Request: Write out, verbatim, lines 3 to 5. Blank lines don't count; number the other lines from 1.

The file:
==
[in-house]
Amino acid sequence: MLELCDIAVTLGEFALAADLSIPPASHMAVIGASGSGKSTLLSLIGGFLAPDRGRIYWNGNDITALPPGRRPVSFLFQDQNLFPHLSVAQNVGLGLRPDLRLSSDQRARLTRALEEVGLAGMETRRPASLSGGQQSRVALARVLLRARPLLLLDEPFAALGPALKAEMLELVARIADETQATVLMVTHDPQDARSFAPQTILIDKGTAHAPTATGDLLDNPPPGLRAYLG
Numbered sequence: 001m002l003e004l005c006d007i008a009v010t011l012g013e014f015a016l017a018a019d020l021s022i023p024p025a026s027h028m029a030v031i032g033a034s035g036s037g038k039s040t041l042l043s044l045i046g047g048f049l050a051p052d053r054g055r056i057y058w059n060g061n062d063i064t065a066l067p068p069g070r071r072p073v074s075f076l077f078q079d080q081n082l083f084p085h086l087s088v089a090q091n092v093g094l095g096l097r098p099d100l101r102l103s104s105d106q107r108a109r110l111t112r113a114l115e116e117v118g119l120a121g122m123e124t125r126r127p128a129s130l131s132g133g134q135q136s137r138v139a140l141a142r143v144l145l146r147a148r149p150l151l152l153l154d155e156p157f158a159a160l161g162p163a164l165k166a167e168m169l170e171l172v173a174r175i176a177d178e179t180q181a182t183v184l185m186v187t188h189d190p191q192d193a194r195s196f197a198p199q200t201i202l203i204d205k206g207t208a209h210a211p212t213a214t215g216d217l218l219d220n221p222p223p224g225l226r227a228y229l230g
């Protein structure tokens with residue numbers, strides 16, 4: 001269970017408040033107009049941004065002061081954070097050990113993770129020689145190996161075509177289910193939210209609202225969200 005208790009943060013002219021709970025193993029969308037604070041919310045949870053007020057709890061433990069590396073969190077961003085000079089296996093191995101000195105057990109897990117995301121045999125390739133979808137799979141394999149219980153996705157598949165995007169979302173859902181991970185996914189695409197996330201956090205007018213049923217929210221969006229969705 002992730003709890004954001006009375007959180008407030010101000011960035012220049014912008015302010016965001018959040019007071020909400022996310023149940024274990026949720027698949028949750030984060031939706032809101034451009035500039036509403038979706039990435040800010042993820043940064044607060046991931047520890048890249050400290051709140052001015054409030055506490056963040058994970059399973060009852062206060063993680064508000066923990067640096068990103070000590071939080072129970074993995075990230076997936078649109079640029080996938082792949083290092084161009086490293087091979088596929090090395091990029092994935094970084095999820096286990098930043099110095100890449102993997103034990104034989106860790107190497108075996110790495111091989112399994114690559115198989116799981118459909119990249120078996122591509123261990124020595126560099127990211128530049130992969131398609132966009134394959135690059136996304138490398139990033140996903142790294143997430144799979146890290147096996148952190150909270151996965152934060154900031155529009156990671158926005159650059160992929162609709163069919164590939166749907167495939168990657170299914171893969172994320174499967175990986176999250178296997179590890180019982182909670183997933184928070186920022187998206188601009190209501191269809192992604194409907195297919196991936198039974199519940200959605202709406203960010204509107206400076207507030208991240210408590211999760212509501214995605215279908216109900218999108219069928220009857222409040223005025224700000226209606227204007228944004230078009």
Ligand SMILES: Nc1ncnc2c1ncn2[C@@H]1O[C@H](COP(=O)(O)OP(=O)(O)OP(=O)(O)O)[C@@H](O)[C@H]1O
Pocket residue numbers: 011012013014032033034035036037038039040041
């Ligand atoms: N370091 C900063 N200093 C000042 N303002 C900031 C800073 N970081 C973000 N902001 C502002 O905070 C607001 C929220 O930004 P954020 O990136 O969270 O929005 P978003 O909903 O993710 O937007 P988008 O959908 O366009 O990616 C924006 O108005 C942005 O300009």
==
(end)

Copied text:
Numbered sequence: 001m002l003e004l005c006d007i008a009v010t011l012g013e014f015a016l017a018a019d020l021s022i023p024p025a026s027h028m029a030v031i032g033a034s035g036s037g038k039s040t041l042l043s044l045i046g047g048f049l050a051p052d053r054g055r056i057y058w059n060g061n062d063i064t065a066l067p068p069g070r071r072p073v074s075f076l077f078q079d080q081n082l083f084p085h086l087s088v089a090q091n092v093g094l095g096l097r098p099d100l101r102l103s104s105d106q107r108a109r110l111t112r113a114l115e116e117v118g119l120a121g122m123e124t125r126r127p128a129s130l131s132g133g134q135q136s137r138v139a140l141a142r143v144l145l146r147a148r149p150l151l152l153l154d155e156p157f158a159a160l161g162p163a164l165k166a167e168m169l170e171l172v173a174r175i176a177d178e179t180q181a182t183v184l185m186v187t188h189d190p191q192d193a194r195s196f197a198p199q200t201i202l203i204d205k206g207t208a209h210a211p212t213a214t215g216d217l218l219d220n221p222p223p224g225l226r227a228y229l230g
């Protein structure tokens with residue numbers, strides 16, 4: 001269970017408040033107009049941004065002061081954070097050990113993770129020689145190996161075509177289910193939210209609202225969200 005208790009943060013002219021709970025193993029969308037604070041919310045949870053007020057709890061433990069590396073969190077961003085000079089296996093191995101000195105057990109897990117995301121045999125390739133979808137799979141394999149219980153996705157598949165995007169979302173859902181991970185996914189695409197996330201956090205007018213049923217929210221969006229969705 002992730003709890004954001006009375007959180008407030010101000011960035012220049014912008015302010016965001018959040019007071020909400022996310023149940024274990026949720027698949028949750030984060031939706032809101034451009035500039036509403038979706039990435040800010042993820043940064044607060046991931047520890048890249050400290051709140052001015054409030055506490056963040058994970059399973060009852062206060063993680064508000066923990067640096068990103070000590071939080072129970074993995075990230076997936078649109079640029080996938082792949083290092084161009086490293087091979088596929090090395091990029092994935094970084095999820096286990098930043099110095100890449102993997103034990104034989106860790107190497108075996110790495111091989112399994114690559115198989116799981118459909119990249120078996122591509123261990124020595126560099127990211128530049130992969131398609132966009134394959135690059136996304138490398139990033140996903142790294143997430144799979146890290147096996148952190150909270151996965152934060154900031155529009156990671158926005159650059160992929162609709163069919164590939166749907167495939168990657170299914171893969172994320174499967175990986176999250178296997179590890180019982182909670183997933184928070186920022187998206188601009190209501191269809192992604194409907195297919196991936198039974199519940200959605202709406203960010204509107206400076207507030208991240210408590211999760212509501214995605215279908216109900218999108219069928220009857222409040223005025224700000226209606227204007228944004230078009």
Ligand SMILES: Nc1ncnc2c1ncn2[C@@H]1O[C@H](COP(=O)(O)OP(=O)(O)OP(=O)(O)O)[C@@H](O)[C@H]1O